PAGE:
The pheasant plucker

We were in the car when I found out that my Aunt Sandra had been having an affair. 

“Really?” I wasn’t sure exactly how my mother had found out because she was universally disliked on my father’s side. It was probably Uncle Steve. It was usually Uncle Steve. 

“He rears wild fowl.” She sniggered. Specifically, pheasants and guinea fowl. I’m not sure of the appeal of someone who rears the type of birds that are born to be shot down for fun. Evidently, my aunt’s affair was the sort that was born to be shot down for fun. At least for my own enjoyment, I suppose. 

It was a wet day, and we sped down the country A-road towards my brother. The three of us were the family here; not Aunt Sandra, or Uncle Steve or my father. We existed in those moments of quiet, unadulterated commentary. The trees displayed their late Autumn starkness and the rain beat down on the windscreen. Bruce Springsteen belted out of the speakers. 

“It gets better.” My mum gripped the wheel more tightly with the devious smile on her face. “You know the Big Band Weekend?” Of course I remembered the Big Band Weekend. I hadn’t been there, naturally, but it was quite the saga in its own right.  

It was Nan’s eightieth birthday. She is not the sort of old woman who is sweet. She is the sort of old woman who lost her voluntary job at the Oxfam charity shop because she used to skim the items she wanted out of donation bags. She is the sort of old woman who managed to re-gift us every single tin and jar from the Christmas hamper we gave her. She is the sort of old woman who hated having us over, and would rather watch The Lion Man on ITV than make eye contact with her grandchildren. It is important to note that Sandra very much took after her mother.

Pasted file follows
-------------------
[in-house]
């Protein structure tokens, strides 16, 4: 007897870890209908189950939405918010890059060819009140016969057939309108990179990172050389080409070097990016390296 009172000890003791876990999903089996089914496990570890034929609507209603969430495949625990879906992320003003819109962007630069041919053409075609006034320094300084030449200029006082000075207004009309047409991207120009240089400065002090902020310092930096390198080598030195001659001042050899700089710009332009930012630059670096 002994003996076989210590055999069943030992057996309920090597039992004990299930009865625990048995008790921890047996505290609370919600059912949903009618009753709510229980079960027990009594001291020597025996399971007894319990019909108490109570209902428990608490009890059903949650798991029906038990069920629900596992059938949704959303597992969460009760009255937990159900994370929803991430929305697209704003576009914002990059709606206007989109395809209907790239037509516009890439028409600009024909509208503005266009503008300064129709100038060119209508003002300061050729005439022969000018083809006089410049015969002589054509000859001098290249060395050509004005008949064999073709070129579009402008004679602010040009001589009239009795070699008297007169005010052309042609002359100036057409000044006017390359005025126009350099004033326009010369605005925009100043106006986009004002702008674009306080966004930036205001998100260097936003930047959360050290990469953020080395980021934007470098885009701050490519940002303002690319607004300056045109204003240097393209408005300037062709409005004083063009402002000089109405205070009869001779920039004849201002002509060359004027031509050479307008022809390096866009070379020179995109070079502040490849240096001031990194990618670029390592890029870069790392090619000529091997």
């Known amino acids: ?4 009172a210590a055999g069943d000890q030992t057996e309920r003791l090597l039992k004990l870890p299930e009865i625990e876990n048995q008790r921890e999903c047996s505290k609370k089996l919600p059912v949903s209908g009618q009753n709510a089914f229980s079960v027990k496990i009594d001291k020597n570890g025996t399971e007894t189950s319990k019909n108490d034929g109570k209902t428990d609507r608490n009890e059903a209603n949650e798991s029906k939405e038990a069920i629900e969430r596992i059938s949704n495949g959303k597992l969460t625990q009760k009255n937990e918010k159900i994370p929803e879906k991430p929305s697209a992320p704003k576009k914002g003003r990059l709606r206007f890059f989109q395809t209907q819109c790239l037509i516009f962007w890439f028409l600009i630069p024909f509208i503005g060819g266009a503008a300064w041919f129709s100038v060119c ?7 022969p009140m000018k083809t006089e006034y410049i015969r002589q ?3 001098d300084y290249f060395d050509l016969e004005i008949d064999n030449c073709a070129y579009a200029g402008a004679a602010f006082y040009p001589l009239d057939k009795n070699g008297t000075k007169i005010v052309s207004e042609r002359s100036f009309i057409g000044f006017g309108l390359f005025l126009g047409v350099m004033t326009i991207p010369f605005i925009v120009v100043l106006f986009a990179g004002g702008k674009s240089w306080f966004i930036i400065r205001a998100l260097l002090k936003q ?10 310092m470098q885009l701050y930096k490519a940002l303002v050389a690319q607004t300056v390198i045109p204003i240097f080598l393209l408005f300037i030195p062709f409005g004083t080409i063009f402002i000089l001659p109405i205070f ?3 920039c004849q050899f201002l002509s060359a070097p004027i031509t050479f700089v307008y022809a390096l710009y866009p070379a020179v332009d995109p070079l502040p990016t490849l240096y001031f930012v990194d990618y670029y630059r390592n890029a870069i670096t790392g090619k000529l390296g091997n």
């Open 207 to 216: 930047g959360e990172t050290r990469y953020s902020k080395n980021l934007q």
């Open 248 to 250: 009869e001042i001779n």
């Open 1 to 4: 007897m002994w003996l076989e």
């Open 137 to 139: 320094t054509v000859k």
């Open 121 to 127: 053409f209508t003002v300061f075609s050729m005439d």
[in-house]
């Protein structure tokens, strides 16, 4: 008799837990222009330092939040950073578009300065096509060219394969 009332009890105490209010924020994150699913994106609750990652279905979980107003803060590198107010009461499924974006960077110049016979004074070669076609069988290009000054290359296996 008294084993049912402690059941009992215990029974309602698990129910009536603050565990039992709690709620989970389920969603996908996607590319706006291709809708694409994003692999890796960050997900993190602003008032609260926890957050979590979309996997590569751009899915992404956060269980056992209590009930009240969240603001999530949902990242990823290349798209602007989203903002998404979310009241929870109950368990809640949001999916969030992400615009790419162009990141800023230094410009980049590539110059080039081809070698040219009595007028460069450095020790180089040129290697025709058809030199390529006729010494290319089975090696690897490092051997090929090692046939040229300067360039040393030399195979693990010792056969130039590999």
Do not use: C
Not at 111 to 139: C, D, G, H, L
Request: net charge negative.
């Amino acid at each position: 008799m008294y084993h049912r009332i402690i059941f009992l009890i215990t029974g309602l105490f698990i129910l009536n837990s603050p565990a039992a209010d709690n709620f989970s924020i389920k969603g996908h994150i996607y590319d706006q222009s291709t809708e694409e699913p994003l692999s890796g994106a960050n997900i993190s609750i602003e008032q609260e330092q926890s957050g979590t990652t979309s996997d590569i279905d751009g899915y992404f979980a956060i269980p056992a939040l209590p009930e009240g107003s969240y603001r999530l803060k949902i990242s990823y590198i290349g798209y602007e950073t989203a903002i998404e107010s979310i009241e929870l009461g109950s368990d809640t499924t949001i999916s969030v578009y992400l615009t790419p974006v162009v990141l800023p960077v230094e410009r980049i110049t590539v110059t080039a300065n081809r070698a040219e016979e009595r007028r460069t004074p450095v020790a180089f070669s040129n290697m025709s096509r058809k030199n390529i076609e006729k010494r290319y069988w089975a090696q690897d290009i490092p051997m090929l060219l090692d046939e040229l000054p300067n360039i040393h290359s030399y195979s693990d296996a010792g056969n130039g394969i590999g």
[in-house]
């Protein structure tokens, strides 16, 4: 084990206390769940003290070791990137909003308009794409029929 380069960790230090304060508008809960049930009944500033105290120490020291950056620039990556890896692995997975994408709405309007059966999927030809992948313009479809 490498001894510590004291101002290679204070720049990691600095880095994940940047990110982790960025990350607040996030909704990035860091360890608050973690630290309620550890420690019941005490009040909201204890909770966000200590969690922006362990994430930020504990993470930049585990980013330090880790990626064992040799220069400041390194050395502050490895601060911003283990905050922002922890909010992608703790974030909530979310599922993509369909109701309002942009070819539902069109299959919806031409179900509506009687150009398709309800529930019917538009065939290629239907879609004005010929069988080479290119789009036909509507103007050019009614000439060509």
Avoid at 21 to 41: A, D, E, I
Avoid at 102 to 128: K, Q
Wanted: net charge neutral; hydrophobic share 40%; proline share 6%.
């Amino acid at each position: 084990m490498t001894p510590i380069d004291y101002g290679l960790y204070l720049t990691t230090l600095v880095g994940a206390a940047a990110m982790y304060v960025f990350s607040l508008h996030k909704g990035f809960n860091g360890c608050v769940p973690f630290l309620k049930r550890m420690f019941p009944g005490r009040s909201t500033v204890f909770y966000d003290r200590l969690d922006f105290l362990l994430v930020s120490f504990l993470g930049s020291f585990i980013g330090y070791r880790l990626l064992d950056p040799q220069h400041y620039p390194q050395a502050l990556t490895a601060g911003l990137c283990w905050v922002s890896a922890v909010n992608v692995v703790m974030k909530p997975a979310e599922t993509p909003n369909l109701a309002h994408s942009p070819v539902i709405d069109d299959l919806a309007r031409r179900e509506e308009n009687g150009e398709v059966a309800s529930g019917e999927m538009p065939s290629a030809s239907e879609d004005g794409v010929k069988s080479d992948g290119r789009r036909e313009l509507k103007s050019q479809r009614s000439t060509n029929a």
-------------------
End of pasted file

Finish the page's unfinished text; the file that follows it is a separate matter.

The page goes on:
The grand plan for the grand eightieth of the least like grandmother in Great Britain went as such. All of Nan’s four children, including my father, were to contribute financially so that Sandra could take Nan to the Big Band Weekend. All of the children obliged, mostly because none of them could really be bothered to come up with their own gift ideas. That is usually what happens when, like vultures, a group of siblings are simply waiting around to claim their portion of a meagre inheritance.  

Aunt Sandra even managed to factor in the cost of petrol to the final sum of seventy pounds per head. Each sibling obliged and the deed was done. I can’t say I now know what a “Big Band Weekend” entails or how it went. 

“She took him.” My mother laughed more audibly, her grin breaking widely for just a moment. “She took the pheasant-plucker.”  

Well, I wouldn’t say that a weekend away listening to Big Band music with one’s mistress and her octogenarian mother is my idea of romance. “So we paid for…” 

“We paid for your dad’s sister to have a dirty weekend away with the pheasant-plucker.” More laughter. I joined in.  

We hit a pothole and water flew out onto the grass verge. I kept an eye out for birds of prey; they’re common in the fields near Godstone. Seeing them perched upon fence posts seems like a privilege. They’re a little more majestic than guinea fowl, I suppose. 

“And Nan didn’t bloody notice?”

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